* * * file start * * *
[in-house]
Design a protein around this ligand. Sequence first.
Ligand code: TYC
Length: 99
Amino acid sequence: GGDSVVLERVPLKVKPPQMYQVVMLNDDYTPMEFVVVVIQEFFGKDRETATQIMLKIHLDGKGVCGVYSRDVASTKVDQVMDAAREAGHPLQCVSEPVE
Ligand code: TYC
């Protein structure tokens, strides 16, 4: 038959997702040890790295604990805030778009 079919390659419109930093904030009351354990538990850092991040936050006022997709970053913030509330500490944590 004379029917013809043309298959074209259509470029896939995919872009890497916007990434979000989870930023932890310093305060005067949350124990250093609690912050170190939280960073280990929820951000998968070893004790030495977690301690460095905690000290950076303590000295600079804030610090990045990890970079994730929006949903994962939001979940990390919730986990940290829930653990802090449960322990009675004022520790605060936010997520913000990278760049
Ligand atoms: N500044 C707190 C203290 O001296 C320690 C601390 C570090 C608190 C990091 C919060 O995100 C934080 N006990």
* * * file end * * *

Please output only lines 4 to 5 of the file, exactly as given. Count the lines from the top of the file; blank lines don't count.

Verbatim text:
Length: 99
Amino acid sequence: GGDSVVLERVPLKVKPPQMYQVVMLNDDYTPMEFVVVVIQEFFGKDRETATQIMLKIHLDGKGVCGVYSRDVASTKVDQVMDAAREAGHPLQCVSEPVE